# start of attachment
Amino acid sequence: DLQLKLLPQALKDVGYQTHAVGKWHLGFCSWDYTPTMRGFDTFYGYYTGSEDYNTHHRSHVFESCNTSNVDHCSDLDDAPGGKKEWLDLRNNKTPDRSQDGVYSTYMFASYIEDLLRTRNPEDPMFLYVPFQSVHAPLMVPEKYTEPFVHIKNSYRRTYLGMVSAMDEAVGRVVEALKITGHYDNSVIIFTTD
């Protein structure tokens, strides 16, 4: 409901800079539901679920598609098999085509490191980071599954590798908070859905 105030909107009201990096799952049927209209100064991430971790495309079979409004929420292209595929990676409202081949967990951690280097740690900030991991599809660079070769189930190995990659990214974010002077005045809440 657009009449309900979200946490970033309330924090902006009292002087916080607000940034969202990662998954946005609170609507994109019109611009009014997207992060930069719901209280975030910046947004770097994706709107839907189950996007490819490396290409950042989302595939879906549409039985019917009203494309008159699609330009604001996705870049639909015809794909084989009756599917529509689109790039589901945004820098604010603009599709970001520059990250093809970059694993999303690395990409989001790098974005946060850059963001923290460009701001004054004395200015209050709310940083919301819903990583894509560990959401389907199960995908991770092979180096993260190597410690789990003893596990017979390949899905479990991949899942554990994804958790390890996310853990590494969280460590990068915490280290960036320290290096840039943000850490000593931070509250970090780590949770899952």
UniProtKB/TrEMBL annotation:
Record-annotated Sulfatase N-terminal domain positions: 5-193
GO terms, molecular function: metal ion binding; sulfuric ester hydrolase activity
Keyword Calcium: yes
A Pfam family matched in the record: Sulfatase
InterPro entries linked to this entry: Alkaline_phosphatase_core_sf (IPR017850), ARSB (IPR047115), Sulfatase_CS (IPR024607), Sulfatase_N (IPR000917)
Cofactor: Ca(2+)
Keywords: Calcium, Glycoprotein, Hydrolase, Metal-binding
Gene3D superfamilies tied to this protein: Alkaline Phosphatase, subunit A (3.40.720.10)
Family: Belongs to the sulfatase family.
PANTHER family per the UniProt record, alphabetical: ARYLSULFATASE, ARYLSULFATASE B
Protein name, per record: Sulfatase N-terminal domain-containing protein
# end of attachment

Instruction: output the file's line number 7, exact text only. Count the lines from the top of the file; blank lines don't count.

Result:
A Pfam family matched in the record: Sulfatase